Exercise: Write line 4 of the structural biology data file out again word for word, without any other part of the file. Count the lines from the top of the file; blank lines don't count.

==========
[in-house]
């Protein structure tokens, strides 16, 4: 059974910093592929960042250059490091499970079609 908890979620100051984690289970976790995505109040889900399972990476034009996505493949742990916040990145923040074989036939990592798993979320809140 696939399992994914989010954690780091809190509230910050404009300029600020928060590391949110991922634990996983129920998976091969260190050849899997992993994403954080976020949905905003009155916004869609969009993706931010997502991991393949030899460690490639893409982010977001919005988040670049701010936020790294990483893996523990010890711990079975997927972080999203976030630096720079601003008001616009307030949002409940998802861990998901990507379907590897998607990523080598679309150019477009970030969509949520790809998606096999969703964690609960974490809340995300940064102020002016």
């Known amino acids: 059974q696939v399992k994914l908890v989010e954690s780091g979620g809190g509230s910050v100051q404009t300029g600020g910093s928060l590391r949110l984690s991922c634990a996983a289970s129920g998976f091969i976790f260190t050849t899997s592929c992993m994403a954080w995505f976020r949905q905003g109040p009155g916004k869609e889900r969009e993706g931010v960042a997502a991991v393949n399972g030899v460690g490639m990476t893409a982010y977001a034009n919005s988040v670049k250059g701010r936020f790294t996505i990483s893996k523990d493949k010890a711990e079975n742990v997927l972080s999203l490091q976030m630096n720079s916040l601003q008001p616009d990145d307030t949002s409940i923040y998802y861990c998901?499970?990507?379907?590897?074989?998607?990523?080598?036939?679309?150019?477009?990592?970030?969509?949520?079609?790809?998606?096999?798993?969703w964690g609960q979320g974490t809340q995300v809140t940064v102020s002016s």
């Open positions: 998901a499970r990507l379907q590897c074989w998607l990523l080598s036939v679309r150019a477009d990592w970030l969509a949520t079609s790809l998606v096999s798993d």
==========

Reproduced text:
């Open positions: 998901a499970r990507l379907q590897c074989w998607l990523l080598s036939v679309r150019a477009d990592w970030l969509a949520t079609s790809l998606v096999s798993d």